×

Uh-oh, it looks like your Internet Explorer is out of date.

For a better shopping experience, please upgrade now.

Soft Bulletin
     

The Soft Bulletin

4.7 6
by The Flaming Lips
 

See All Formats & Editions

Oklahoma's cloud-hopping psychedelic rockers the Flaming Lips have done some amazing things in their lengthy career -- from performing one of the weirdest alt-rock hits of all time (1993's "She Don't Use Jelly") on "Beverly Hills 90120" to recording a four-disc set meant to be played all at the same time. But nothing they've done to date will amaze fans old and new

Overview

Oklahoma's cloud-hopping psychedelic rockers the Flaming Lips have done some amazing things in their lengthy career -- from performing one of the weirdest alt-rock hits of all time (1993's "She Don't Use Jelly") on "Beverly Hills 90120" to recording a four-disc set meant to be played all at the same time. But nothing they've done to date will amaze fans old and new like this symphonic, classic-rock love letter to life itself. From the first sweeping, string-soaked notes of "Race for the Prize (Remix)" to the moment later on the album when singer Wayne Coyne yelps, "I stood up and I said, 'yeah!' " this is one of the most angelically uplifting psych-rock records of the decade -- a PET SOUNDS for the year 2000. Coyne's dappled lyrics of self-discovery are a better emotional tonic than a year of high-priced therapy, and when drummer Steven Drozd careens in behind him with snare slaps as big as the whole outdoors, you'll feel as if you'll never have a care again. Like a cross between Lynyrd Skynyrd's southern rock and the spaced-out musings of Mercury Rev, songs like the massively rocking "Buggin' (Remix)," the melancholically pretty "Superman," and the subtle, funky "Suddenly Everything Has Changed" are like little escape hatches to a world of endless reverie.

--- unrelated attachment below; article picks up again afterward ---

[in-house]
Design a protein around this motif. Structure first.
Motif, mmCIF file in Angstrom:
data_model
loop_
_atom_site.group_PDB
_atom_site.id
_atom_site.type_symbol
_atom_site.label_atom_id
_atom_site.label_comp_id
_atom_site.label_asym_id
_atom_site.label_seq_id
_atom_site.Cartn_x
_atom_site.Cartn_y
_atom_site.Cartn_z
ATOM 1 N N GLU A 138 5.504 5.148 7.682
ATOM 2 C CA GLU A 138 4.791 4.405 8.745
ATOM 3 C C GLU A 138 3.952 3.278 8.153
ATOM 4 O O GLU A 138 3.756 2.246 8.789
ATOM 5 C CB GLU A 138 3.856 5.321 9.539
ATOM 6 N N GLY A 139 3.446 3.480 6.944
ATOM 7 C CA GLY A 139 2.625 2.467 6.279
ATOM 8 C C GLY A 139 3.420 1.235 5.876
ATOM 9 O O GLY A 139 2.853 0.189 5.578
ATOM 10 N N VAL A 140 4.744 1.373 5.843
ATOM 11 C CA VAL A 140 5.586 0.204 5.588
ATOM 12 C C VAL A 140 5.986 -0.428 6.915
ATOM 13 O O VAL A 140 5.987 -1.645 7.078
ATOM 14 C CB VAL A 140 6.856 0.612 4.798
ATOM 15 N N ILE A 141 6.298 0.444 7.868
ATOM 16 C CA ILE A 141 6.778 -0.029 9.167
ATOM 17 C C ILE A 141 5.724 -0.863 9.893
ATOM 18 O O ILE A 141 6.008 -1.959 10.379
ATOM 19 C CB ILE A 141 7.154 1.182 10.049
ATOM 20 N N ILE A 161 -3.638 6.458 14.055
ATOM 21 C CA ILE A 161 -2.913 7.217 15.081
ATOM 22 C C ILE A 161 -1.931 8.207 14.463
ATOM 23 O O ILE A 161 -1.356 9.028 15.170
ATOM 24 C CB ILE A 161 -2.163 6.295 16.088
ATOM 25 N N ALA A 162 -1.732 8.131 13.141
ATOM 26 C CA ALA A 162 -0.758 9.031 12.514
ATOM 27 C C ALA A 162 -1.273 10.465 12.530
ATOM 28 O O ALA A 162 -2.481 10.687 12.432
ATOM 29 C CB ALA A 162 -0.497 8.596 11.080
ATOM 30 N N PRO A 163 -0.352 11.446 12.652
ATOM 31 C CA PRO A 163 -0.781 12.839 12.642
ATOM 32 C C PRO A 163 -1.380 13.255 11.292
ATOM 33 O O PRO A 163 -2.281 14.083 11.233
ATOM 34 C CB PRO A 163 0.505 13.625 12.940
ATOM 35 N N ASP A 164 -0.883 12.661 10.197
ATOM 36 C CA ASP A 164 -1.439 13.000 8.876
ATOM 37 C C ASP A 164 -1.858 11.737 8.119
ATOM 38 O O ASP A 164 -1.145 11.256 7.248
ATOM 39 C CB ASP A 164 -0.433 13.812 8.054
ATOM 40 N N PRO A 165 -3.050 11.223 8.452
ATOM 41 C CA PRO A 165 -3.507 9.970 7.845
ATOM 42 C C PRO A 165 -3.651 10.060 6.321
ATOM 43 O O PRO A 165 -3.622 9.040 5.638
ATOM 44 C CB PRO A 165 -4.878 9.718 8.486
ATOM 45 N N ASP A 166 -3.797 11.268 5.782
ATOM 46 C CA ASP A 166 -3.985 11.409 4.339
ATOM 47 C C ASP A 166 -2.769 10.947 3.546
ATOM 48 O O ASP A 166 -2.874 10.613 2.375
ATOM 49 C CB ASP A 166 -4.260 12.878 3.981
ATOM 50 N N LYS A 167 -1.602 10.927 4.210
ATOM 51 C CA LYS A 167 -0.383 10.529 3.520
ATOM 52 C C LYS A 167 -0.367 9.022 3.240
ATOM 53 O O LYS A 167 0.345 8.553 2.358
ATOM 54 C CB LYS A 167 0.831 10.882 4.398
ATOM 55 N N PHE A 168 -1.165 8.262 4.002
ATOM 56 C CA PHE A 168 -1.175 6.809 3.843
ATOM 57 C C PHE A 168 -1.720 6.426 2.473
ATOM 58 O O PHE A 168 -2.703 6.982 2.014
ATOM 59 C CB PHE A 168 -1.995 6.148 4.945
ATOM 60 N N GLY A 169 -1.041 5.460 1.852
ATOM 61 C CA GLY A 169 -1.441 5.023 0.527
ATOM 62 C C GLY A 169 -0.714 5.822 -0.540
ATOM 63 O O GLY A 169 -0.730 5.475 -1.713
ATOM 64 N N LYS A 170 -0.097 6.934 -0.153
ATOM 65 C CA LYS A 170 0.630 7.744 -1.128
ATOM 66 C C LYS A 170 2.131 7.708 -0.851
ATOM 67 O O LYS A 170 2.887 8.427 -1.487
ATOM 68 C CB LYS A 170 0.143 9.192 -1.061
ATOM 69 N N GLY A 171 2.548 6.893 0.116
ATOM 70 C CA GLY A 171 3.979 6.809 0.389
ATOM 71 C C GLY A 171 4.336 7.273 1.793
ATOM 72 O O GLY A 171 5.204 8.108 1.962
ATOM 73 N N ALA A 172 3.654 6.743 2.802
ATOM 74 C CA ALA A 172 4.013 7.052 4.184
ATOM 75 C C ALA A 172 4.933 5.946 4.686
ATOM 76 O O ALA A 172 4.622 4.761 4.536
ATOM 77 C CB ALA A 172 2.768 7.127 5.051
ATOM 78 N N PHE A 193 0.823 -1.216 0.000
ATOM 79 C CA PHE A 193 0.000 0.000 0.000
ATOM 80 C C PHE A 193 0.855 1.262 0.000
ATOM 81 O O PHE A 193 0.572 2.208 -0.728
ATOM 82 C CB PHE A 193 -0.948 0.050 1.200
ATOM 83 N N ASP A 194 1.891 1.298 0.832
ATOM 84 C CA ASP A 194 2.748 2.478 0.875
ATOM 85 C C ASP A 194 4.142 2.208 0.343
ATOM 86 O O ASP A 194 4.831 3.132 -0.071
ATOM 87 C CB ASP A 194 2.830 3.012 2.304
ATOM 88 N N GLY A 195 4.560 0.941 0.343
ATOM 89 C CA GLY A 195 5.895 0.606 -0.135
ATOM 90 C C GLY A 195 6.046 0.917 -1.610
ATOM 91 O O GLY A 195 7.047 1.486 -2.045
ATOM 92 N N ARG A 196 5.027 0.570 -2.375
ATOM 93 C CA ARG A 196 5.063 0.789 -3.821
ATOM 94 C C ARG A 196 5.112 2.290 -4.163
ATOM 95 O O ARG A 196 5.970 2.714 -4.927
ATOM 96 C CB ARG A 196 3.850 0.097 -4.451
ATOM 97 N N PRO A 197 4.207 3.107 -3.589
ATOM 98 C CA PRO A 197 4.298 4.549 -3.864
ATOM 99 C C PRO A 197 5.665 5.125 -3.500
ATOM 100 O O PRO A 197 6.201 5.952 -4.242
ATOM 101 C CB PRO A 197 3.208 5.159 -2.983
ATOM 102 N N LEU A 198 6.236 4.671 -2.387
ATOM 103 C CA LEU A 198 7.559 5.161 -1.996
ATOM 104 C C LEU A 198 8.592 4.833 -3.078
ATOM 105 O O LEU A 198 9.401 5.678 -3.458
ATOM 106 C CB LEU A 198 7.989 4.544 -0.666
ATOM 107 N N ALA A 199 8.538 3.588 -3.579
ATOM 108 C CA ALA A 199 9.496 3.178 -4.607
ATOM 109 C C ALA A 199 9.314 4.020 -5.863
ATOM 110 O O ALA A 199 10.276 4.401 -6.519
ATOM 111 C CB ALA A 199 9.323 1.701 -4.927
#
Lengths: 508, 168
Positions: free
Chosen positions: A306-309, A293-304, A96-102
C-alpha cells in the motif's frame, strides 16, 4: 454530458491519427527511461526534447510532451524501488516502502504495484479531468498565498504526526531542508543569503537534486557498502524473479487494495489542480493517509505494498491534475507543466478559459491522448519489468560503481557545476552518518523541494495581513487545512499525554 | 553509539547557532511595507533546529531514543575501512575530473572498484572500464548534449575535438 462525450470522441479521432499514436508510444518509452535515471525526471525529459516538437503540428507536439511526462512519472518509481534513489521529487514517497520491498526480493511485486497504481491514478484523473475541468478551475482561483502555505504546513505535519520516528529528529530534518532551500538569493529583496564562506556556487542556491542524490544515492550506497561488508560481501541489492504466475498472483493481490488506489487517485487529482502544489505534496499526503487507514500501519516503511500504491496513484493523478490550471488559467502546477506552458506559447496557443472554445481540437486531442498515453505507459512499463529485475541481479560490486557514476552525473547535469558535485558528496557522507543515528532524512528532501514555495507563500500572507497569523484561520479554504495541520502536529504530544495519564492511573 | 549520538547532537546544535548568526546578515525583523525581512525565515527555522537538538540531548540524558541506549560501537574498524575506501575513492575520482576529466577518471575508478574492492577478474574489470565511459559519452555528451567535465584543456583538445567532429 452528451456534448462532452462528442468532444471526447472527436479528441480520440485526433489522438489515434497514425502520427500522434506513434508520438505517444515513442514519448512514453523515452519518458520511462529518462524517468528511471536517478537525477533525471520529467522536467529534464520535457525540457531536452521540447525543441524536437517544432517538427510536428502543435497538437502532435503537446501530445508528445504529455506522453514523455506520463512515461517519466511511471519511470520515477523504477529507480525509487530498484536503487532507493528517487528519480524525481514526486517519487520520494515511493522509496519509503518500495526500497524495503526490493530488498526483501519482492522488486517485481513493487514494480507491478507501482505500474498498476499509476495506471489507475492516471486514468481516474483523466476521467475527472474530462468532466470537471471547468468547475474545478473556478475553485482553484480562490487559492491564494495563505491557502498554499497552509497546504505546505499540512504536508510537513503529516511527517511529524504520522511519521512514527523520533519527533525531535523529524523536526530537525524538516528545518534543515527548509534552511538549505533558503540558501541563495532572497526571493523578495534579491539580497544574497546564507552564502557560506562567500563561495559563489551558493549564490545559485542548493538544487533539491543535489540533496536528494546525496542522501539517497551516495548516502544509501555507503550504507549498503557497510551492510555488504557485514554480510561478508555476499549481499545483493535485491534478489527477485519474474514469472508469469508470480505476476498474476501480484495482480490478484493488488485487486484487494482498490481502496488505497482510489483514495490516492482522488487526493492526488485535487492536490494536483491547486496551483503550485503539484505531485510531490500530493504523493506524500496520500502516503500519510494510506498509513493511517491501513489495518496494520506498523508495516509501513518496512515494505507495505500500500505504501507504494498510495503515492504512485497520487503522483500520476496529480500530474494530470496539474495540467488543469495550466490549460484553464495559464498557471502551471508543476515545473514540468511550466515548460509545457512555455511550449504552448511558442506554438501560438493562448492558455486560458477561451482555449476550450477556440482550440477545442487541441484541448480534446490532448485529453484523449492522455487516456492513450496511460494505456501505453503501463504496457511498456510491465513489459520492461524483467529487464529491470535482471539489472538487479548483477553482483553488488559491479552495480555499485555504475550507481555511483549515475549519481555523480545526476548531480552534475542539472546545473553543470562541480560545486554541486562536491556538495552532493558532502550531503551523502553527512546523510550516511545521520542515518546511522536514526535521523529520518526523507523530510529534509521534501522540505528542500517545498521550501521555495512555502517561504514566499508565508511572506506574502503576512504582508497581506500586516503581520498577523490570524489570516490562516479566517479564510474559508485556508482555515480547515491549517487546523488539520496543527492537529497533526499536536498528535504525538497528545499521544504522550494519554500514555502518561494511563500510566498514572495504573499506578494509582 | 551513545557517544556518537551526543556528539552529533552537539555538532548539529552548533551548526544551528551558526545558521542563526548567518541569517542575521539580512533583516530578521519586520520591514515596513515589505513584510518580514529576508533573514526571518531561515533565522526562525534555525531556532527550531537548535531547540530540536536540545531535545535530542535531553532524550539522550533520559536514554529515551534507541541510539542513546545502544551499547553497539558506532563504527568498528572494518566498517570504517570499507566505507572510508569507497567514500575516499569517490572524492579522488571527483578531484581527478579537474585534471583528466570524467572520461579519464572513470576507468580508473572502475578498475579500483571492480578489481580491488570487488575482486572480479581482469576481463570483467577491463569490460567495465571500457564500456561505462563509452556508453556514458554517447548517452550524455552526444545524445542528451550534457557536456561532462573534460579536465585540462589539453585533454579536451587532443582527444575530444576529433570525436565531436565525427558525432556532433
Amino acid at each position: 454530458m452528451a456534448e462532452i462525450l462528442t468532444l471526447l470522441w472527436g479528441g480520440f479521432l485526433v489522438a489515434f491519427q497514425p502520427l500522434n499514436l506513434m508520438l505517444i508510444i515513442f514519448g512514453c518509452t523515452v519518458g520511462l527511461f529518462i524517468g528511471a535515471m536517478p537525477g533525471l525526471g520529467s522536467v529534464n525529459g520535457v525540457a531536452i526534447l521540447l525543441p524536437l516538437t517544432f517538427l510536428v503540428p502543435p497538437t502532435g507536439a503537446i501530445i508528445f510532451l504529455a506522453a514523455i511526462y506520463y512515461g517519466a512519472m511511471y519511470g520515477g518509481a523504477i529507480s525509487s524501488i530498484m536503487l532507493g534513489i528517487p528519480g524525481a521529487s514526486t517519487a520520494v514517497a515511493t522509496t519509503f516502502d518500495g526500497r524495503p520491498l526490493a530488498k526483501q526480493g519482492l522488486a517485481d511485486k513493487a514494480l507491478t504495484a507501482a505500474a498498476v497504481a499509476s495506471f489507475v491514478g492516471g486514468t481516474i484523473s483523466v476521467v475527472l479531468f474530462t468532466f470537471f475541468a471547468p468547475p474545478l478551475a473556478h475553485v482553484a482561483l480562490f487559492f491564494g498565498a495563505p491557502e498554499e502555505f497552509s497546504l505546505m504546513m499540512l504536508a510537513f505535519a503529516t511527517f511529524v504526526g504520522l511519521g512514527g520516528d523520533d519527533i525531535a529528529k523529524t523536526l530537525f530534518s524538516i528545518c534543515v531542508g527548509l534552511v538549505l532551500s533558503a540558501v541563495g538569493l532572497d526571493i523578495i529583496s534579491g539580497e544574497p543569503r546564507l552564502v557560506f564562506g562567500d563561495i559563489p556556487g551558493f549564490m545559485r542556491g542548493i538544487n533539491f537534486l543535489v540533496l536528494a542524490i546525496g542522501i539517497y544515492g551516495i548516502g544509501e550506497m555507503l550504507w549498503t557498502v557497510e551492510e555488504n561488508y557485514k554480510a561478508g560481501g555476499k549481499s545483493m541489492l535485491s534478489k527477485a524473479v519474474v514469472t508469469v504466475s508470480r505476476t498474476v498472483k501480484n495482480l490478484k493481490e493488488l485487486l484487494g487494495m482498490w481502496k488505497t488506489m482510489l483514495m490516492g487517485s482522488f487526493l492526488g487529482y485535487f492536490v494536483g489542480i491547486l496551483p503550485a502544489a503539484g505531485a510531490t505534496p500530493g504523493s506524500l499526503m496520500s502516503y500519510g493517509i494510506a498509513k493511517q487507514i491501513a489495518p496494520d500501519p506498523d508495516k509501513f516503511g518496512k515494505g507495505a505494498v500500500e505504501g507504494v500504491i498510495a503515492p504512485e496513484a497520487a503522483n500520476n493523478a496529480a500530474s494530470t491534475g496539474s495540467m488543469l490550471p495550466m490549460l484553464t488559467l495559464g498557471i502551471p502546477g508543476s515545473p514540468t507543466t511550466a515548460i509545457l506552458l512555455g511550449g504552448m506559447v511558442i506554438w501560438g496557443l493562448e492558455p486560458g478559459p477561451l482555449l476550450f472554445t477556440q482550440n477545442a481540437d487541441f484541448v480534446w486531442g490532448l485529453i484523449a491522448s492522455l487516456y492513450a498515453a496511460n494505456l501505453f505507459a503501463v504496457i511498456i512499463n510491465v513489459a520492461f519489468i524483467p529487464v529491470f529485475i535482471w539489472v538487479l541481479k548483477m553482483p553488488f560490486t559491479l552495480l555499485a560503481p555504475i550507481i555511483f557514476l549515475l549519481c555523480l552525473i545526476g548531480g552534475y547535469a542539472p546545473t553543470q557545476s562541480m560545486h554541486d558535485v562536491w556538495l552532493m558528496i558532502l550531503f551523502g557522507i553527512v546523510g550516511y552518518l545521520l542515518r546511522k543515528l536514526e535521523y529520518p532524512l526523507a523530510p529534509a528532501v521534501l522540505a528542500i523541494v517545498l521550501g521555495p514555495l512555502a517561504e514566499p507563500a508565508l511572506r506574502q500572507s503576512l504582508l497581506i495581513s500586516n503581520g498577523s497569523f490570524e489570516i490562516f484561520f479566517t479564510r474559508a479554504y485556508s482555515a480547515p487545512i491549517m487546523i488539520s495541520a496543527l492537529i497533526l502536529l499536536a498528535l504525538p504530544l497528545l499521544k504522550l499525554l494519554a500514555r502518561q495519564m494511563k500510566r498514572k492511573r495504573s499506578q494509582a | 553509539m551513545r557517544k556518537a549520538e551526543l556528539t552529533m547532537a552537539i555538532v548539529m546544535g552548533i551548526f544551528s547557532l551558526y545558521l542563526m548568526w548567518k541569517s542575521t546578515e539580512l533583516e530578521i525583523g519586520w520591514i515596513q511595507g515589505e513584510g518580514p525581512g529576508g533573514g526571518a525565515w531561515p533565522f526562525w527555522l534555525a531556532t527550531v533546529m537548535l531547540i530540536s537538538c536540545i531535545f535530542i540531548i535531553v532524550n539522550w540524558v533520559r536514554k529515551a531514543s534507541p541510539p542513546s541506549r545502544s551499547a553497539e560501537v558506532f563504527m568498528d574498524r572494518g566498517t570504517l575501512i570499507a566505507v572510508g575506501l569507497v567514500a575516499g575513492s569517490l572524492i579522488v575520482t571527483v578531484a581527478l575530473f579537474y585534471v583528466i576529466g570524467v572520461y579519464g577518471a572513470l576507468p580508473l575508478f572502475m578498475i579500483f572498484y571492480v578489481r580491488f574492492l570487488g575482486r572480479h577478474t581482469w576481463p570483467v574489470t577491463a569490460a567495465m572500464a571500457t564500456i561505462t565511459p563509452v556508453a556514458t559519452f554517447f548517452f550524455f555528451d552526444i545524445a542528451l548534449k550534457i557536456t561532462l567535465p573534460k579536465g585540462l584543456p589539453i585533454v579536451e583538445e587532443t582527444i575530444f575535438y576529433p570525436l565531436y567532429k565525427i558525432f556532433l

Editorial Reviews

All Music Guide - Jason Ankeny
So where does a band go after releasing the most defiantly experimental record of its career? If you're the Flaming Lips, you keep rushing headlong into the unknown -- The Soft Bulletin, their follow-up to the four-disc gambit Zaireeka, is in many ways their most daring work yet, a plaintively emotional, lushly symphonic pop masterpiece eons removed from the mind-warping noise of their past efforts. Though more conventional in concept and scope than Zaireeka, The Soft Bulletin clearly reflects its predecessor's expansive sonic palette. Its multidimensional sound is positively celestial, a shape-shifting pastiche of blissful melodies, heavenly harmonies, and orchestral flourishes; but for all its headphone-friendly innovations, the music is still amazingly accessible, never sacrificing popcraft in the name of radical experimentation. (Its aims are so perversely commercial, in fact, that hit R&B remixer Peter Mokran tinkered with the cuts "Race for the Prize" and "Waitin' for a Superman" in the hopes of earning mainstream radio attention.) But what's most remarkable about The Soft Bulletin is its humanity -- these are Wayne Coyne's most personal and deeply felt songs, as well as the warmest and most giving. No longer hiding behind surreal vignettes about Jesus, zoo animals, and outer space, Coyne pours his heart and soul into each one of these tracks, poignantly exploring love, loss, and the fate of all mankind; highlights like "The Spiderbite Song" and "Feeling Yourself Disintegrate" are so nakedly emotional and transcendentally spiritual that it's impossible not to be moved by their beauty. There's no telling where the Lips will go from here, but it's almost beside the point -- not just the best album of 1999, The Soft Bulletin might be the best record of the entire decade.